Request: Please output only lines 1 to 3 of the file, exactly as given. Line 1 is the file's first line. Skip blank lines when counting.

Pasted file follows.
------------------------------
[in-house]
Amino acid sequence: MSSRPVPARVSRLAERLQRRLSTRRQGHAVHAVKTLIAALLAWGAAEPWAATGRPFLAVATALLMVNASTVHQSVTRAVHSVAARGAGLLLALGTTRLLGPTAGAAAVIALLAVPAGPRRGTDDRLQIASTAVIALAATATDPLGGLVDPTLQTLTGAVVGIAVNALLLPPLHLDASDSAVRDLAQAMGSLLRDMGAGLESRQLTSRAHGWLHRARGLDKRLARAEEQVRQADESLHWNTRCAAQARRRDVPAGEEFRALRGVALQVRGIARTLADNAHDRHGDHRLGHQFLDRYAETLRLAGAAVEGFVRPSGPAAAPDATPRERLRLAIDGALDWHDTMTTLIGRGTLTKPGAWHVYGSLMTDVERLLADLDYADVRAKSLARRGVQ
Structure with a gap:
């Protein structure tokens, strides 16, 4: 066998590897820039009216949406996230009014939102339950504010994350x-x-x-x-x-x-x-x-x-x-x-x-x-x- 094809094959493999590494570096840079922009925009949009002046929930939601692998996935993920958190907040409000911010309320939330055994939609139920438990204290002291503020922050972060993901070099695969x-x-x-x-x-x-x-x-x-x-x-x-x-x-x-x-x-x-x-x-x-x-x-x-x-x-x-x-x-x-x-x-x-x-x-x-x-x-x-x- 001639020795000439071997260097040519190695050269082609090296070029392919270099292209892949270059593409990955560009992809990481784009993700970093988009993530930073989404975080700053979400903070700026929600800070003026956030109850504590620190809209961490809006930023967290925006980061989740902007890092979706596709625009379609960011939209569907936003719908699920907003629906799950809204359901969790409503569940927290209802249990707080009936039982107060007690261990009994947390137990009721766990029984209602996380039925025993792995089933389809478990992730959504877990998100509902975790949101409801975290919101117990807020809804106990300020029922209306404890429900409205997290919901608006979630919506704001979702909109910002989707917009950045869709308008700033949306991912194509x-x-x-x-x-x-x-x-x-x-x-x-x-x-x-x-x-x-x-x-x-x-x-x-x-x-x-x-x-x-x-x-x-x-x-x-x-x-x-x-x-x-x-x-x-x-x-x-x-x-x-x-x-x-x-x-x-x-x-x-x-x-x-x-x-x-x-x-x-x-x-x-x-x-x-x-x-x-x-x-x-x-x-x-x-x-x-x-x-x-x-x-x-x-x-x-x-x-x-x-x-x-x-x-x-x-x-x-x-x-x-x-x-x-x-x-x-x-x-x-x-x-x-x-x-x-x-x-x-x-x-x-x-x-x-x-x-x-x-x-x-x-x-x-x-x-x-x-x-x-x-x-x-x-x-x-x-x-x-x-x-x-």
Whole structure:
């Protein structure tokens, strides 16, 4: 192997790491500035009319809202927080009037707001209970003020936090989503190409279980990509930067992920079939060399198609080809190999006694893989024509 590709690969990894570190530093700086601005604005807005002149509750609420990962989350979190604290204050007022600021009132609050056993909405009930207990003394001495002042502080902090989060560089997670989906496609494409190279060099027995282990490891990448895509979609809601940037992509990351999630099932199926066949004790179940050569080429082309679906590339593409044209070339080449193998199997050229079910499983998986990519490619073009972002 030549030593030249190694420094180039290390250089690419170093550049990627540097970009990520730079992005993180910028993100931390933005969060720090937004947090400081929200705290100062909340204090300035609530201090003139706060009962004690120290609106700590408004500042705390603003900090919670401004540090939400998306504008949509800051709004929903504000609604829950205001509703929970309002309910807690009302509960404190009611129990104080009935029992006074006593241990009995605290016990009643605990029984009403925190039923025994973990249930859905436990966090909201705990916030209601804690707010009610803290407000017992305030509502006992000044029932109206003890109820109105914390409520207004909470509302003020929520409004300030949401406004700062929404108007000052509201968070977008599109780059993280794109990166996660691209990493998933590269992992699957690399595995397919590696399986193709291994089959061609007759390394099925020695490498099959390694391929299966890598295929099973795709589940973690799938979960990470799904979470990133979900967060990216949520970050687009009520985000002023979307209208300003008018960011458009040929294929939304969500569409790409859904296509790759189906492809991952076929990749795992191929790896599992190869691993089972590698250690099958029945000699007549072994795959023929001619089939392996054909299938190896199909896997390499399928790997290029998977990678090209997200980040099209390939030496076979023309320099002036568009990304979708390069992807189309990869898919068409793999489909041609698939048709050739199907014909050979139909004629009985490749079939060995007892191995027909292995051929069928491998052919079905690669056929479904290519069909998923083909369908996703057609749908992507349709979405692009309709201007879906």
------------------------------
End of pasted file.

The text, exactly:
[in-house]
Amino acid sequence: MSSRPVPARVSRLAERLQRRLSTRRQGHAVHAVKTLIAALLAWGAAEPWAATGRPFLAVATALLMVNASTVHQSVTRAVHSVAARGAGLLLALGTTRLLGPTAGAAAVIALLAVPAGPRRGTDDRLQIASTAVIALAATATDPLGGLVDPTLQTLTGAVVGIAVNALLLPPLHLDASDSAVRDLAQAMGSLLRDMGAGLESRQLTSRAHGWLHRARGLDKRLARAEEQVRQADESLHWNTRCAAQARRRDVPAGEEFRALRGVALQVRGIARTLADNAHDRHGDHRLGHQFLDRYAETLRLAGAAVEGFVRPSGPAAAPDATPRERLRLAIDGALDWHDTMTTLIGRGTLTKPGAWHVYGSLMTDVERLLADLDYADVRAKSLARRGVQ
Structure with a gap: